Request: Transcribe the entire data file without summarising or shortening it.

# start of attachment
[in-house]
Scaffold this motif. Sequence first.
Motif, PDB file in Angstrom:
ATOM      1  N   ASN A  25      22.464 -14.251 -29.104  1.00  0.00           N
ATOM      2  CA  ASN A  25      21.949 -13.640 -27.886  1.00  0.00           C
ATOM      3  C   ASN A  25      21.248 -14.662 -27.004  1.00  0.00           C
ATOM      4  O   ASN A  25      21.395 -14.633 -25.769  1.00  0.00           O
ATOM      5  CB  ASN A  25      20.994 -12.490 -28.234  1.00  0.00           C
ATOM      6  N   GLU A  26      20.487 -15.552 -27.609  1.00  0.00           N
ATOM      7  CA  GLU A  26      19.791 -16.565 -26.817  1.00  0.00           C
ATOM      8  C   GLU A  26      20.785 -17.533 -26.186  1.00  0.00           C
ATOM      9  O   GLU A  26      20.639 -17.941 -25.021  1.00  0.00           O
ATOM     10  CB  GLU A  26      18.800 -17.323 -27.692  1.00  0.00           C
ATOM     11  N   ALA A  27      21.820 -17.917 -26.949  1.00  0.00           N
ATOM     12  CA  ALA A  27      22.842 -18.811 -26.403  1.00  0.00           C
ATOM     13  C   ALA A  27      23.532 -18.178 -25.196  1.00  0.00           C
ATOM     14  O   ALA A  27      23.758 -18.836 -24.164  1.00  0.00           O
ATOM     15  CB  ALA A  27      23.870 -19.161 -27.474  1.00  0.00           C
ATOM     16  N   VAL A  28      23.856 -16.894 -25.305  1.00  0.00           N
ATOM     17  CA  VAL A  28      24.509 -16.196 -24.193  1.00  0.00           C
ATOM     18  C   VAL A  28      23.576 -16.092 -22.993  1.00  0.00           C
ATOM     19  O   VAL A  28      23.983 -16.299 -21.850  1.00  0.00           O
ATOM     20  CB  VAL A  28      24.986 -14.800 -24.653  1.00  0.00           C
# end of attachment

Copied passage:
[in-house]
Scaffold this motif. Sequence first.
Motif, PDB file in Angstrom:
ATOM      1  N   ASN A  25      22.464 -14.251 -29.104  1.00  0.00           N
ATOM      2  CA  ASN A  25      21.949 -13.640 -27.886  1.00  0.00           C
ATOM      3  C   ASN A  25      21.248 -14.662 -27.004  1.00  0.00           C
ATOM      4  O   ASN A  25      21.395 -14.633 -25.769  1.00  0.00           O
ATOM      5  CB  ASN A  25      20.994 -12.490 -28.234  1.00  0.00           C
ATOM      6  N   GLU A  26      20.487 -15.552 -27.609  1.00  0.00           N
ATOM      7  CA  GLU A  26      19.791 -16.565 -26.817  1.00  0.00           C
ATOM      8  C   GLU A  26      20.785 -17.533 -26.186  1.00  0.00           C
ATOM      9  O   GLU A  26      20.639 -17.941 -25.021  1.00  0.00           O
ATOM     10  CB  GLU A  26      18.800 -17.323 -27.692  1.00  0.00           C
ATOM     11  N   ALA A  27      21.820 -17.917 -26.949  1.00  0.00           N
ATOM     12  CA  ALA A  27      22.842 -18.811 -26.403  1.00  0.00           C
ATOM     13  C   ALA A  27      23.532 -18.178 -25.196  1.00  0.00           C
ATOM     14  O   ALA A  27      23.758 -18.836 -24.164  1.00  0.00           O
ATOM     15  CB  ALA A  27      23.870 -19.161 -27.474  1.00  0.00           C
ATOM     16  N   VAL A  28      23.856 -16.894 -25.305  1.00  0.00           N
ATOM     17  CA  VAL A  28      24.509 -16.196 -24.193  1.00  0.00           C
ATOM     18  C   VAL A  28      23.576 -16.092 -22.993  1.00  0.00           C
ATOM     19  O   VAL A  28      23.983 -16.299 -21.850  1.00  0.00           O
ATOM     20  CB  VAL A  28      24.986 -14.800 -24.653  1.00  0.00           C